The United Nations Office for Disaster Risk Reduction (UNDRR) has renewed it’s commitment to working more with the media in order to push messages that are critical in building resilient communities.
UNDRR Assistant Programme Management Officer Isabel Njihia was speaking at the opening of a week-long workshop on reporting disaster risk reduction targeting about 50 journalists from 22 African countries in Mombasa, Kenya.
She said 2020 marks the start of a decade of action and there is great need to ensure the media is part of the equation because of the influence they have in reaching out to masses.
“As you might be aware we are entering into a critical phase where all countries are supposed to demonstrate action being done on the global commitments made in contributing to the attainment of several targets of the Sendai Framework for Disaster Risk Reduction – a global blueprint for reducing risks and related sustainable development goals and therefore we need to be on the same footing with the media by equipping them with necessary skills,” said Njihia.
She added that time is ripe for the media to engage an extra gear in promoting solution journalism which helps in not just focusing on the problems but as well as expert opinions which can bail out the people from the vicious cycle of suffering or indeed help change the way they perceive disasters.
She said: “ The doom and dire story is good but that’s not what people are interested in at the moment. So, our expectation is that while the media will be free to report on disaster events, there is also a critical need to highlight best practices which have helped to reduce deaths during a disaster, number of people affected, property damages and economic losses in general.“
Co-organizers of the training, the Society of Disaster Risk Reduction Journalists (DIRAJ) through their Secretary-General David Owino hailed the effort by the media in doing a to communicate messages that can prevent extensive damages during disasters amidst numerous challenges they face.
He said African newsrooms are riddled with so many challenges including limited human resource, equipment, mobility, political influence and access to information and yet the are still fighting to create space for the voiceless and ensure their messages catch the necessary attention.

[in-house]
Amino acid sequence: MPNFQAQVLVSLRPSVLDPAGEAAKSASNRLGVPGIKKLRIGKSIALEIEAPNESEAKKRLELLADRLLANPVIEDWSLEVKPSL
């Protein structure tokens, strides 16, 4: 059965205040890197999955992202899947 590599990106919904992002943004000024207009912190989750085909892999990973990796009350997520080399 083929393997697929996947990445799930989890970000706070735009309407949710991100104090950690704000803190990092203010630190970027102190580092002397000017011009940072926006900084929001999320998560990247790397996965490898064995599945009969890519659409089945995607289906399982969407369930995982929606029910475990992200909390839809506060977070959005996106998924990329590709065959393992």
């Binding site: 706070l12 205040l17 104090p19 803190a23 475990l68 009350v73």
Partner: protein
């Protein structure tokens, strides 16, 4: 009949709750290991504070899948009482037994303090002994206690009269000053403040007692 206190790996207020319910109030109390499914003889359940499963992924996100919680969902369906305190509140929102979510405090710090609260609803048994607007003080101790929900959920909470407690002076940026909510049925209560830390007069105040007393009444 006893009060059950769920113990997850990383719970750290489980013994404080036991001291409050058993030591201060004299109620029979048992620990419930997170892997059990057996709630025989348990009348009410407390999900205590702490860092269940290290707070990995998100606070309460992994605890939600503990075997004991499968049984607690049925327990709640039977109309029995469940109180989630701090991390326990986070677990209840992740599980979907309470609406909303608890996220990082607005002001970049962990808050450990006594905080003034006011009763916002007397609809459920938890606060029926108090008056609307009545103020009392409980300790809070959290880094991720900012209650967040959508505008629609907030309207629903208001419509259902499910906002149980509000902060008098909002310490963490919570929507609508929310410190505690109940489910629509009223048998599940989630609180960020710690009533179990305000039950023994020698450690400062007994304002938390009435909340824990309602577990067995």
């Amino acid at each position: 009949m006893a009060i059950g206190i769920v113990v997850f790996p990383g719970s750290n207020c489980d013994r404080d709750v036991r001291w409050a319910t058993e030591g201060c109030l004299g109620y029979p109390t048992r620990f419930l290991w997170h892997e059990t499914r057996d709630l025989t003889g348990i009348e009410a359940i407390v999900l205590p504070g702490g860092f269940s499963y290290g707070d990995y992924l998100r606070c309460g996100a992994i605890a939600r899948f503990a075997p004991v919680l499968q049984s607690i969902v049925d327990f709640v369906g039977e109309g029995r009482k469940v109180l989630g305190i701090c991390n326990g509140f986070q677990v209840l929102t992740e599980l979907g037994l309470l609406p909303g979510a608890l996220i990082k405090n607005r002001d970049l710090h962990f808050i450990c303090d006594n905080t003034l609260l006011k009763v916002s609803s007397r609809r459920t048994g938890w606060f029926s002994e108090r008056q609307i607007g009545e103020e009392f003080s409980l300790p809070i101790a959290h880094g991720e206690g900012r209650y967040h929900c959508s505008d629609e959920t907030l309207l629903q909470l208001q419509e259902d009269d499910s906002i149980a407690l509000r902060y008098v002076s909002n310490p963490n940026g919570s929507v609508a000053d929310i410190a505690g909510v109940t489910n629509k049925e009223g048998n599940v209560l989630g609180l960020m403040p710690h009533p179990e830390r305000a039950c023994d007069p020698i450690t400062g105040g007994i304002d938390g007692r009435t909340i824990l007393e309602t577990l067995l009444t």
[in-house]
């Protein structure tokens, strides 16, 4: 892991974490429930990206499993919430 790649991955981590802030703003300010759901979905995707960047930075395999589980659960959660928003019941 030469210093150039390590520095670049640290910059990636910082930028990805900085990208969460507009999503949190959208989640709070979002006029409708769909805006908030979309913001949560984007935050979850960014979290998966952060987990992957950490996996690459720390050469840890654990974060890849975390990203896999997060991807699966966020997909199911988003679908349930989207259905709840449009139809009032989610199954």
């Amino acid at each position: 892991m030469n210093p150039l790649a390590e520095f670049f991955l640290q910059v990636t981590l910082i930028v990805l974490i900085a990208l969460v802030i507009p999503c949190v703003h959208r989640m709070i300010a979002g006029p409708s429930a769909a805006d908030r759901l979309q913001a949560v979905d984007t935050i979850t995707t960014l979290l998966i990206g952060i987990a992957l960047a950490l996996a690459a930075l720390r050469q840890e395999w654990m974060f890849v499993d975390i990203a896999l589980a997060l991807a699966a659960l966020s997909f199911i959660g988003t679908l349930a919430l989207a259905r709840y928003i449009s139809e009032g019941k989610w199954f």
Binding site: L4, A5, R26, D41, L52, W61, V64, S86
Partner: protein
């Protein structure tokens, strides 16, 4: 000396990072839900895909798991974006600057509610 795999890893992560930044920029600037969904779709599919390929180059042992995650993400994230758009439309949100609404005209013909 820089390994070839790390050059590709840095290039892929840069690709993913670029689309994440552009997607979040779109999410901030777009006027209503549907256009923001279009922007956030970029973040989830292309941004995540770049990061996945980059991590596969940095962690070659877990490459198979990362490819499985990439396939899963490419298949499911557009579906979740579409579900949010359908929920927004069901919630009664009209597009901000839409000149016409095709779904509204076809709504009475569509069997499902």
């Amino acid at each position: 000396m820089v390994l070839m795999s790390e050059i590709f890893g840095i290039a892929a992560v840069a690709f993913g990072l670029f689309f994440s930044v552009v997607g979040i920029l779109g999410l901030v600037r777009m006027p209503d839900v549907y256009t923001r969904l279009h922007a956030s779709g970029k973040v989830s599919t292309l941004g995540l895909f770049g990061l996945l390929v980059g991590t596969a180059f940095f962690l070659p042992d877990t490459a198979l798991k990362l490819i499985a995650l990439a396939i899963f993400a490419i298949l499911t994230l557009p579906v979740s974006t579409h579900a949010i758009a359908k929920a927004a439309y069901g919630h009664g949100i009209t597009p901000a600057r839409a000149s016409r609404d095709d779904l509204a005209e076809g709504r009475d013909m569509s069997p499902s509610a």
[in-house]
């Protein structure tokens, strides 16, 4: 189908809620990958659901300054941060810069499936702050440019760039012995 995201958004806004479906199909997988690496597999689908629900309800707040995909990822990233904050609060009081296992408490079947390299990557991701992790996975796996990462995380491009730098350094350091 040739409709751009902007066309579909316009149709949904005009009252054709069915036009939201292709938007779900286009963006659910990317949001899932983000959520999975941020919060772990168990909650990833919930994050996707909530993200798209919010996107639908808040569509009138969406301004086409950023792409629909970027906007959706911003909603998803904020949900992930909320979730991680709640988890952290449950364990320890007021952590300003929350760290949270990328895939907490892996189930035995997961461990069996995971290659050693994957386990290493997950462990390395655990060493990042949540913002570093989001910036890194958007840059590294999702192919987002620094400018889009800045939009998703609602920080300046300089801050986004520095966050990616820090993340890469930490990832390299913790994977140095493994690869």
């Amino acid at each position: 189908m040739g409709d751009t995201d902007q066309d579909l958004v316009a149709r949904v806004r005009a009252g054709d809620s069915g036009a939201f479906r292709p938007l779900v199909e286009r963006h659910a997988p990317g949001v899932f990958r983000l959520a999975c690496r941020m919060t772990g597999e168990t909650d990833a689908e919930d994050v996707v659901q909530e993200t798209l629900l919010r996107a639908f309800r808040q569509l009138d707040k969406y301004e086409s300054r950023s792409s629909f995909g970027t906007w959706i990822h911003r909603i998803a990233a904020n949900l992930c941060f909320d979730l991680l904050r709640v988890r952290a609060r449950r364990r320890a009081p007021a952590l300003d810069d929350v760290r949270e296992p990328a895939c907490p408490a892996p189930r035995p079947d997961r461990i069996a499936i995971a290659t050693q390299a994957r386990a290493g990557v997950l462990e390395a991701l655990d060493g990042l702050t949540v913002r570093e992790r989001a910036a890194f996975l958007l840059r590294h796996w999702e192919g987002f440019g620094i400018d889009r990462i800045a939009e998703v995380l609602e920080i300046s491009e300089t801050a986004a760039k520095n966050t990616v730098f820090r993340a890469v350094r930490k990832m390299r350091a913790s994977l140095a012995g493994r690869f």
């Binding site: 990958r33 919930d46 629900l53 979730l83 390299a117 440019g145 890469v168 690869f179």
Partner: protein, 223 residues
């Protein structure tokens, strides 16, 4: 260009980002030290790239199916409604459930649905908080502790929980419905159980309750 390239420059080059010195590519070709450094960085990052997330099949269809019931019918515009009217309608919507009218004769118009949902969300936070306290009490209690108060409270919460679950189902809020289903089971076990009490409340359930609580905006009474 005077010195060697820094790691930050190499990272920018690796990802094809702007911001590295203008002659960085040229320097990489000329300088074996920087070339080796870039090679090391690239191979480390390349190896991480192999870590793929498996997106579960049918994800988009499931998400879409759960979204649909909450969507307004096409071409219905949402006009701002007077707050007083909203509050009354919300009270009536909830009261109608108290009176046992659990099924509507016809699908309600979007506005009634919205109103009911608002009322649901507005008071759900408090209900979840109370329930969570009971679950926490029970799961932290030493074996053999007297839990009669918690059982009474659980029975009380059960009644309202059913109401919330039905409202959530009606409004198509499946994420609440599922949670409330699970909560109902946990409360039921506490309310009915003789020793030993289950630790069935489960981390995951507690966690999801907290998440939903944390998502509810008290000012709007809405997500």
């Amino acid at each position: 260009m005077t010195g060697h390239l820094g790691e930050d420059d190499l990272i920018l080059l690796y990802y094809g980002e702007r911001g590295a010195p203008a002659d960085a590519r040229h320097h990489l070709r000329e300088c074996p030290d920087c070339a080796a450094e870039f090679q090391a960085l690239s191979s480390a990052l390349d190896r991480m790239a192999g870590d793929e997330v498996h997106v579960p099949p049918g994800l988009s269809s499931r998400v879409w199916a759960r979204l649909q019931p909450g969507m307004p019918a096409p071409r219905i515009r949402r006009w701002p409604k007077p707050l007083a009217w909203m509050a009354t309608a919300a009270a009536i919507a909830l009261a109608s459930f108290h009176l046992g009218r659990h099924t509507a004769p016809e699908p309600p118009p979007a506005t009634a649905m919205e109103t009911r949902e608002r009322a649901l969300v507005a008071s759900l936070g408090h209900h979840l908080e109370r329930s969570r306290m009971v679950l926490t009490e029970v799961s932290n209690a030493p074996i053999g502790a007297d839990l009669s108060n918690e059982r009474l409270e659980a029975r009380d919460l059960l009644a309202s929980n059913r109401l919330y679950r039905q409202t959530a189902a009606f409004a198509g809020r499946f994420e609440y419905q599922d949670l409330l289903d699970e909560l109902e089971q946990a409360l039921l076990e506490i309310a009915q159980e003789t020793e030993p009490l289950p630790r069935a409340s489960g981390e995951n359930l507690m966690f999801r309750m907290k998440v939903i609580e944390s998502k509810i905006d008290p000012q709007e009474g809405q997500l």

“DIRAJ started small and we are happy that the model we took is going global and we believe in the next few years to come, disaster risks reduction issues will begin to receive the attention they deserve,” said Owino.
One of the participants working with the Malawi News Agency Chimwemwe Njoloma described the training as timely and beneficial to her work, considering her passion for environmental reporting
“ What I like about the training is that it has been designed in a way that one is able to capture the technical information on DRR issues while at the same time share country experiences on how such information can be best presented to the general public in a manner that triggers a possible action and national debate,” said Njoloma.
Her counterpart Nellie Kanyemba also working with the Malawi News Agency agrees the training has opened doors to new territories she initially thought were not critical or disaster linked until after feasting on the various presentation delivered by DRR experts from across the country.
“For example now I know why city councils need to be taken to task over substandard infrastructure and the national level it’s also good to ensure that commitments by the government at the global level are reflected in the national agenda and policies. At the same time, it is our role to ensure such policy commitments are funded in the national budgets, and that is the only measure through which Malawi can claim success towards the implementation of resilient programs that impact the locals,” said Kanyemba.